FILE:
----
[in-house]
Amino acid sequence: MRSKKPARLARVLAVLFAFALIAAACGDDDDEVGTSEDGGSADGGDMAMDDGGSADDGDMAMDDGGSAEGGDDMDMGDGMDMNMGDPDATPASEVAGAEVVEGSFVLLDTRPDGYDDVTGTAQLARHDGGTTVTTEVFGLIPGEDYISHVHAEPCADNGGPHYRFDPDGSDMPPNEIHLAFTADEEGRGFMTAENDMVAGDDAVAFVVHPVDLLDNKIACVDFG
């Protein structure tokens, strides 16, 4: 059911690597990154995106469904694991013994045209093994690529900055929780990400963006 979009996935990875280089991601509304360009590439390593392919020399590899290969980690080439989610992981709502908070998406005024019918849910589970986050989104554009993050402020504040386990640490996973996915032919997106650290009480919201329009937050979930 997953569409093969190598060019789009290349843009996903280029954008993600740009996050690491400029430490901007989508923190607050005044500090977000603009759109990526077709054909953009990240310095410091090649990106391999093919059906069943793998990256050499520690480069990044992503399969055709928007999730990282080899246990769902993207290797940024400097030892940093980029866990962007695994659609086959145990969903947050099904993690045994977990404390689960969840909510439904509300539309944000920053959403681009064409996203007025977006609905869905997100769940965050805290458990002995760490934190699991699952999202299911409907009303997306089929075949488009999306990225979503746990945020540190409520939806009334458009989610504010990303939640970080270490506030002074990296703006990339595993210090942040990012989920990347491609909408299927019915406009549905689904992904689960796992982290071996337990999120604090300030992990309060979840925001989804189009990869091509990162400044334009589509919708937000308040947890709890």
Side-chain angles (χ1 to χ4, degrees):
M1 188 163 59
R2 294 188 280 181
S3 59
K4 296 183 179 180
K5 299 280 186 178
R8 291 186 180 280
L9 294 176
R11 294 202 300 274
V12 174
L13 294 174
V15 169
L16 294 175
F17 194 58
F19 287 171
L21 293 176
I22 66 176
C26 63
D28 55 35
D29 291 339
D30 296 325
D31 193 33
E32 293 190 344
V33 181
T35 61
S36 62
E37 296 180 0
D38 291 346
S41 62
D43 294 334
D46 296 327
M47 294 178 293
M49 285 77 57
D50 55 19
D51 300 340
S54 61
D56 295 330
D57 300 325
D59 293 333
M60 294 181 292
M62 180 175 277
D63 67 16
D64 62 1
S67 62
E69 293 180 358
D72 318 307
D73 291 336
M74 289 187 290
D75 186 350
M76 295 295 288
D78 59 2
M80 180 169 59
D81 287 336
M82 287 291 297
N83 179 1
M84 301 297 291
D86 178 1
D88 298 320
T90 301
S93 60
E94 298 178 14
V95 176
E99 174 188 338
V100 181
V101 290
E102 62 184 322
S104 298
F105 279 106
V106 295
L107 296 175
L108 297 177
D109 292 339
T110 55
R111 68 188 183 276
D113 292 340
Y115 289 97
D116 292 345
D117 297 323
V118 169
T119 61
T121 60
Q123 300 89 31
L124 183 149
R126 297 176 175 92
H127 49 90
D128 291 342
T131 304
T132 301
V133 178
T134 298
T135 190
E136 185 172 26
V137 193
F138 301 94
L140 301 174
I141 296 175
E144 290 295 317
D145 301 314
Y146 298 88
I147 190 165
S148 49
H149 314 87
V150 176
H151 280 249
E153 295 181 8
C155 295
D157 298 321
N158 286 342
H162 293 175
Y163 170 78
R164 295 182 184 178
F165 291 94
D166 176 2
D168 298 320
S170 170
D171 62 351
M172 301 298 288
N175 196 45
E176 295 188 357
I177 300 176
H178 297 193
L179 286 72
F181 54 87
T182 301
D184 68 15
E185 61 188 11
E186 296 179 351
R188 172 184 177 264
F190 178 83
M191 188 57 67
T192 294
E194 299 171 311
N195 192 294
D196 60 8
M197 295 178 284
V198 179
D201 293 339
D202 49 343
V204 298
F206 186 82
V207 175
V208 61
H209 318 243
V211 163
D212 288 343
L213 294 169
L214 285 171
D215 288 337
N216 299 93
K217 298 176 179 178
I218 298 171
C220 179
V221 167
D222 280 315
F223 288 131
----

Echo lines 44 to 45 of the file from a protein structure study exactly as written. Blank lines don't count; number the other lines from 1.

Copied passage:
M62 180 175 277
D63 67 16